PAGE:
Building a slide deck, pitch, or presentation? Here are the big takeaways:
- Limited package deliveries by commercial drones could be coming to the US within a few months, according to a Wall Street Journal report.
- Many commercial drone initiatives in the US have run into regulatory roadblocks from the Federal Aviation Administration and others.
Drone delivery could be coming to the US very soon: Package delivery trials are expected to begin “within months,” according to a recent Wall Street Journal report.
According to the report, which cited federal regulators and industry officials as sources, the White House is pushing for closer collaboration between the government and companies like Amazon in hopes of developing an authorization for drone ventures like Amazon’s Prime Air. Delivery initiatives have been in the works for years, but have stalled due to Federal Aviation Administration (FAA) regulations.
However, the drone delivery projects seem much closer to launch this time around, the report said. Additionally, the report cited senior FAA air-traffic control official Jay Merkle who said drone projects “might be ready to operate this summer.”
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Still, the companies behind the projects will first have to overcome the existing FAA regulations and law enforcement security concerns before proceeding, the report said.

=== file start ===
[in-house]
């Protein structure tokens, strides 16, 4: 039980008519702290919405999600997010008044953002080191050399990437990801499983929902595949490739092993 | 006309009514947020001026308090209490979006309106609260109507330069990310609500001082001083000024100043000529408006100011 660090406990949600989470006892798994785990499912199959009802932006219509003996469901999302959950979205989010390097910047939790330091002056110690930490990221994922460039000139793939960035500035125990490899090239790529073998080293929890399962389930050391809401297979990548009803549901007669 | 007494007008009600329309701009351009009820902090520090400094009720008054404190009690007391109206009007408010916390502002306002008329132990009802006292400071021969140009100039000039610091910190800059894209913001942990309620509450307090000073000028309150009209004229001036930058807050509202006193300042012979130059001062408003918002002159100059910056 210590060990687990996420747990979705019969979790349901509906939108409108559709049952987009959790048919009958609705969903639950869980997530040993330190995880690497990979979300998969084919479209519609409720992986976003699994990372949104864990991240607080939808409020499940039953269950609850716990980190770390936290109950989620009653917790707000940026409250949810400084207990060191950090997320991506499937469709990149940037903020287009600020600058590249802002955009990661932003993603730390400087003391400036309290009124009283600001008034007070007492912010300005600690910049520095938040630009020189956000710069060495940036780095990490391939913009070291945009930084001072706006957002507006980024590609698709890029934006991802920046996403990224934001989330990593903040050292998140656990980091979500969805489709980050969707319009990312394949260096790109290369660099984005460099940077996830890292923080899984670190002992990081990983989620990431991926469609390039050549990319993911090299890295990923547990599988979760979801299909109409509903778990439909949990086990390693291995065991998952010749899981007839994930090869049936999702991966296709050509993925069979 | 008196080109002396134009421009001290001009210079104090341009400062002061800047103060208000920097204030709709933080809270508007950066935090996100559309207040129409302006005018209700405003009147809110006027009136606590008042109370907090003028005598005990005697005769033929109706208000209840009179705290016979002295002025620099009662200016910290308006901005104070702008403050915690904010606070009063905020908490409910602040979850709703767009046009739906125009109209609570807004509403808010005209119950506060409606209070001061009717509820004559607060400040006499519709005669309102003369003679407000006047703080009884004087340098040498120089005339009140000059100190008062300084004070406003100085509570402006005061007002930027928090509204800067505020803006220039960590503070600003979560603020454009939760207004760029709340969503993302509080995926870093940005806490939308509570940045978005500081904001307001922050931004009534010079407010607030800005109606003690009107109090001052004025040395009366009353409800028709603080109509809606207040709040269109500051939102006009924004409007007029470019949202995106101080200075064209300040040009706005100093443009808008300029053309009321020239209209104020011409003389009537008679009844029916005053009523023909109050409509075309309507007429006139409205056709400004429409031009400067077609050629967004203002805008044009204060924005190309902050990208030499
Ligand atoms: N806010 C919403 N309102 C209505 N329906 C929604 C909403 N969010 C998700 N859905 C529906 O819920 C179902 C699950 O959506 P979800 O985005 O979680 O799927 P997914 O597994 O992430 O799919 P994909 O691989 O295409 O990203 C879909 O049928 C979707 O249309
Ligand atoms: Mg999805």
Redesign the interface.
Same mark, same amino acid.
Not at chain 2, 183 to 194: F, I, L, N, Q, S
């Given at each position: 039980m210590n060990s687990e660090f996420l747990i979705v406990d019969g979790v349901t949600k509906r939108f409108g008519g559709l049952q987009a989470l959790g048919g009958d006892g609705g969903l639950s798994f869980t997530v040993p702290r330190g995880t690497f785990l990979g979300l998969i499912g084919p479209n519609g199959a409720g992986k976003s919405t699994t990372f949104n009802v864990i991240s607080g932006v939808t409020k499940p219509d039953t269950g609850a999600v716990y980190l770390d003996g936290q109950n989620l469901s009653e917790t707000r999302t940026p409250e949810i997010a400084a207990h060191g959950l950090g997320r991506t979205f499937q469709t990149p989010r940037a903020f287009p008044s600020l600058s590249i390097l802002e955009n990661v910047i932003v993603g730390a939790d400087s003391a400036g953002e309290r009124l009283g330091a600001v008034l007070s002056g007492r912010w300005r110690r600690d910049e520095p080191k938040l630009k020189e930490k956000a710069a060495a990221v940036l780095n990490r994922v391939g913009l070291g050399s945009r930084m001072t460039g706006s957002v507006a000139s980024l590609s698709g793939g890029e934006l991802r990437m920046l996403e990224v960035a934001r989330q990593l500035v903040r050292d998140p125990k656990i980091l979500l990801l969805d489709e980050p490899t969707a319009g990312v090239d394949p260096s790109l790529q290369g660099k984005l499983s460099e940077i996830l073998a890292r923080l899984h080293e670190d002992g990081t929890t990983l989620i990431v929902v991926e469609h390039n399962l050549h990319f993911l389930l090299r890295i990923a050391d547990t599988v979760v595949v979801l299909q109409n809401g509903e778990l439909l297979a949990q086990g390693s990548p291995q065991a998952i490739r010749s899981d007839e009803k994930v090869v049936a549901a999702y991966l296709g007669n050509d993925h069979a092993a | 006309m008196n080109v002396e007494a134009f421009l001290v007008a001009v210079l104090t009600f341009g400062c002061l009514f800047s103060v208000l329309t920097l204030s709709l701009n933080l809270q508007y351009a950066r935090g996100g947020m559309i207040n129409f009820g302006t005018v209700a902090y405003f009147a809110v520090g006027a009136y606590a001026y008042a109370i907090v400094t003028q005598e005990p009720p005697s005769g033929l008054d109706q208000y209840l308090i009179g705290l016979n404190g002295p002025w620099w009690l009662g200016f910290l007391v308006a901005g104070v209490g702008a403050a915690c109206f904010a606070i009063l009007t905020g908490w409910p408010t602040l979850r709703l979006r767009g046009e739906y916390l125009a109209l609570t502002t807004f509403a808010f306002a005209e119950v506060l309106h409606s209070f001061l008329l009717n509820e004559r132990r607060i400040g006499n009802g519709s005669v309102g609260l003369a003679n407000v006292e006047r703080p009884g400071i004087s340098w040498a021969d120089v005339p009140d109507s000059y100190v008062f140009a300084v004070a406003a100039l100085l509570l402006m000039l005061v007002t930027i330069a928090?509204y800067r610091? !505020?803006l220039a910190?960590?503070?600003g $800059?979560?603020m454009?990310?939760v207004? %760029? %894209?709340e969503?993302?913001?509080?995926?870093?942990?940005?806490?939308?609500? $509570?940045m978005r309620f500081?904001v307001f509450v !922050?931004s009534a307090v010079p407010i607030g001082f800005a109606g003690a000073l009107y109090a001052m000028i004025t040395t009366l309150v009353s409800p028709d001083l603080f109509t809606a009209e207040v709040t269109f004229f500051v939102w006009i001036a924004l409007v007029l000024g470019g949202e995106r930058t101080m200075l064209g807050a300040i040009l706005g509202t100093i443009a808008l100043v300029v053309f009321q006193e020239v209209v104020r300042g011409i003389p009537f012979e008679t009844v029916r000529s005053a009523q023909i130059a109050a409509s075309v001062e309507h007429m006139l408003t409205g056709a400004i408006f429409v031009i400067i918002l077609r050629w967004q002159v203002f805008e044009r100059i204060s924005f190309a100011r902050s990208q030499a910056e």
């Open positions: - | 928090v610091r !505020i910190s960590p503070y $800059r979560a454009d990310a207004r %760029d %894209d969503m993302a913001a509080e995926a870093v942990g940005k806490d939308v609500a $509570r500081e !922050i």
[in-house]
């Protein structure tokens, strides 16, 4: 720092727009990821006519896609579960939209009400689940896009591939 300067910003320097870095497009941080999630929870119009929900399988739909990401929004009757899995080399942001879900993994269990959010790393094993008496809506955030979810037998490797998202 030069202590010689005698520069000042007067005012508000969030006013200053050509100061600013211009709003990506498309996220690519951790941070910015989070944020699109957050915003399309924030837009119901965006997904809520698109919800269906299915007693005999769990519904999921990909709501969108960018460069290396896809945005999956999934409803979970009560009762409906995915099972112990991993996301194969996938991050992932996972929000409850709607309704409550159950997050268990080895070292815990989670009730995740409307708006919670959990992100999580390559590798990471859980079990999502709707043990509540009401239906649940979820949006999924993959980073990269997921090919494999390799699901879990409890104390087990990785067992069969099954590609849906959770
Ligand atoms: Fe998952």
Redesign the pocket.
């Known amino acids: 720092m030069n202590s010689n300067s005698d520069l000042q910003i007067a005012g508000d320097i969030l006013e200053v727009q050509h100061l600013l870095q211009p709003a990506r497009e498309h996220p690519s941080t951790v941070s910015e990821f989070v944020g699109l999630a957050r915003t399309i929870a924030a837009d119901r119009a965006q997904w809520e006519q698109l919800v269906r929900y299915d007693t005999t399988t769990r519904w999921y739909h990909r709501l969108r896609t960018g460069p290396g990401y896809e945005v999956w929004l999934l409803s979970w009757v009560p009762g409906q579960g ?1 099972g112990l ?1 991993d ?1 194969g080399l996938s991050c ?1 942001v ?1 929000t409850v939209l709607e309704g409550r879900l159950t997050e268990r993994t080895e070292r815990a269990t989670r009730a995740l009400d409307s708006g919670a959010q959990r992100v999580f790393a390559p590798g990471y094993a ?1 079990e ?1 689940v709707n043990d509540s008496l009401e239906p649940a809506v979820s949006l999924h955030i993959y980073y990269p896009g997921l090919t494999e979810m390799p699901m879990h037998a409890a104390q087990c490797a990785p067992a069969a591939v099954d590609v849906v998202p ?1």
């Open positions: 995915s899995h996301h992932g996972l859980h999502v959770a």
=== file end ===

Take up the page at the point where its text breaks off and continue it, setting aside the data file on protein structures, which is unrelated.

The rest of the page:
Australia, Singapore, and Britain are leading the pack when it comes to drone delivery tech, the report said. And while the US has at least 10 FAA-approved pilot programs for drone projects expected to start this spring, it’s still lagging pretty far behind other nations.
These kinds of drone initiatives have been years in the making, but the report noted a “marked shift in tone from Washington” which could signal a shorter path to market. However, there’s also the challenge of dealing with various state and local governments as well.
In addition to Prime Air, other companies like UPS have gotten in the drone game. The shipping giant has experimented with launching delivery drones from the tops of its trucks to help with certain routes.
Additionally, a food delivery service in Reykjavik, Iceland is using autonomous drones to deliver orders as well. And companies like DroneDeploy are using UAVs in the agricultural space.